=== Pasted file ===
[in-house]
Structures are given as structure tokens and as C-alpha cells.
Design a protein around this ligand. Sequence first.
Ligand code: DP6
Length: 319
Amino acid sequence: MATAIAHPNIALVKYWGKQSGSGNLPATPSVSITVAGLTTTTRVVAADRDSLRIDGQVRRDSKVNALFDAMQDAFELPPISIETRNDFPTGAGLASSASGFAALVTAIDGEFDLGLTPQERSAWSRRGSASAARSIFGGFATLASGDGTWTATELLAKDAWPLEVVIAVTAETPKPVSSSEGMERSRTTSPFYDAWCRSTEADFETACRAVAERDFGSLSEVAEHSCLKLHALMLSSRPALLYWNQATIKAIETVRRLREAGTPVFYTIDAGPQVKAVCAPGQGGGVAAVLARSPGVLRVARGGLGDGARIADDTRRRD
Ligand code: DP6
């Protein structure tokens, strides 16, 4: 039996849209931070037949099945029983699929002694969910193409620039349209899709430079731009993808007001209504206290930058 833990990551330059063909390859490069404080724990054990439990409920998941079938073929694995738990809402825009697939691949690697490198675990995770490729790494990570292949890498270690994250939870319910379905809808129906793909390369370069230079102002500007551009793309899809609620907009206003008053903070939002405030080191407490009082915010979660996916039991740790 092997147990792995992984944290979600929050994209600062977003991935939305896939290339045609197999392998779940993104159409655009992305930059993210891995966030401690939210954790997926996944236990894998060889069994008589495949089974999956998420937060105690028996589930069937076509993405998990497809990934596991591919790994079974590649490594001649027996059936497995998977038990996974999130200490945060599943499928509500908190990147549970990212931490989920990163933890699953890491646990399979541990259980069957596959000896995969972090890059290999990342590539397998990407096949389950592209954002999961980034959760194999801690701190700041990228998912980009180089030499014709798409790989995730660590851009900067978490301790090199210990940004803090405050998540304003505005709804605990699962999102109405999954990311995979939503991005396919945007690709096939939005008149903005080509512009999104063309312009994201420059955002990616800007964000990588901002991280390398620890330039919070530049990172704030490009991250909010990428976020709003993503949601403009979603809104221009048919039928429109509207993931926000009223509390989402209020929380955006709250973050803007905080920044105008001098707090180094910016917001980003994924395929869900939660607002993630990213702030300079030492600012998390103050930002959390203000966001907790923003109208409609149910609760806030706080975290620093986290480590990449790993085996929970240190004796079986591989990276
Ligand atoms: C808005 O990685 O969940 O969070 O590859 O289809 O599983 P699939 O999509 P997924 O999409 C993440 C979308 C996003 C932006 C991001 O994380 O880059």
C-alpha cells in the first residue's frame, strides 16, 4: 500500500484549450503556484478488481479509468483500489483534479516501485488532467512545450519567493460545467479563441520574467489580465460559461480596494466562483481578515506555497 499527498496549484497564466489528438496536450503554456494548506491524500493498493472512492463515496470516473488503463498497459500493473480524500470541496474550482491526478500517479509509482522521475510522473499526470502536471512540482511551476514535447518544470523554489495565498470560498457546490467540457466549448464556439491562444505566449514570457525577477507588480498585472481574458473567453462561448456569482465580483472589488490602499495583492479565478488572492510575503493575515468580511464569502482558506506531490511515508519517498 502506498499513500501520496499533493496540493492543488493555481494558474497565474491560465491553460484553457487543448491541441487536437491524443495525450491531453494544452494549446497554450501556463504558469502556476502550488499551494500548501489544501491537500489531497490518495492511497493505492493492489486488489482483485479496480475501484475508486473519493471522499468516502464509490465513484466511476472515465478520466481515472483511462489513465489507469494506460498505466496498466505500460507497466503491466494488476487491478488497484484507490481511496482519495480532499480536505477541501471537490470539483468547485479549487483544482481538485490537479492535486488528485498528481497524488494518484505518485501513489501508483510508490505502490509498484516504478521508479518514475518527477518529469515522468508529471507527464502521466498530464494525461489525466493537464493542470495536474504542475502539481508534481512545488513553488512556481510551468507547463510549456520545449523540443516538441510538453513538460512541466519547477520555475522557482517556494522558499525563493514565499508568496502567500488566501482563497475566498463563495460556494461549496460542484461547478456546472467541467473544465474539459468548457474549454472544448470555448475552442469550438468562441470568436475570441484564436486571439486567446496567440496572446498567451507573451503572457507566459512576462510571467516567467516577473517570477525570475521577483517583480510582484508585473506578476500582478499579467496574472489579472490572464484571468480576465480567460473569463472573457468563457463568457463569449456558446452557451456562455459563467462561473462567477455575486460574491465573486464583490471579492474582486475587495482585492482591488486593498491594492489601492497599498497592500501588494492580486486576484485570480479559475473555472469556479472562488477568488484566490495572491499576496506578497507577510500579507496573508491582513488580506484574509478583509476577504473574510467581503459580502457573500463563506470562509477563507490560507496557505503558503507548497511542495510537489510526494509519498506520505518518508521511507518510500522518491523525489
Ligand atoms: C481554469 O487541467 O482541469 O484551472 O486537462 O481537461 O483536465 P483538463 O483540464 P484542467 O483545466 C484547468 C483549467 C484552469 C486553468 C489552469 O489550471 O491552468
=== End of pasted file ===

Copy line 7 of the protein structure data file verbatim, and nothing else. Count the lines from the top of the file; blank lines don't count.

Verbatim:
Ligand code: DP6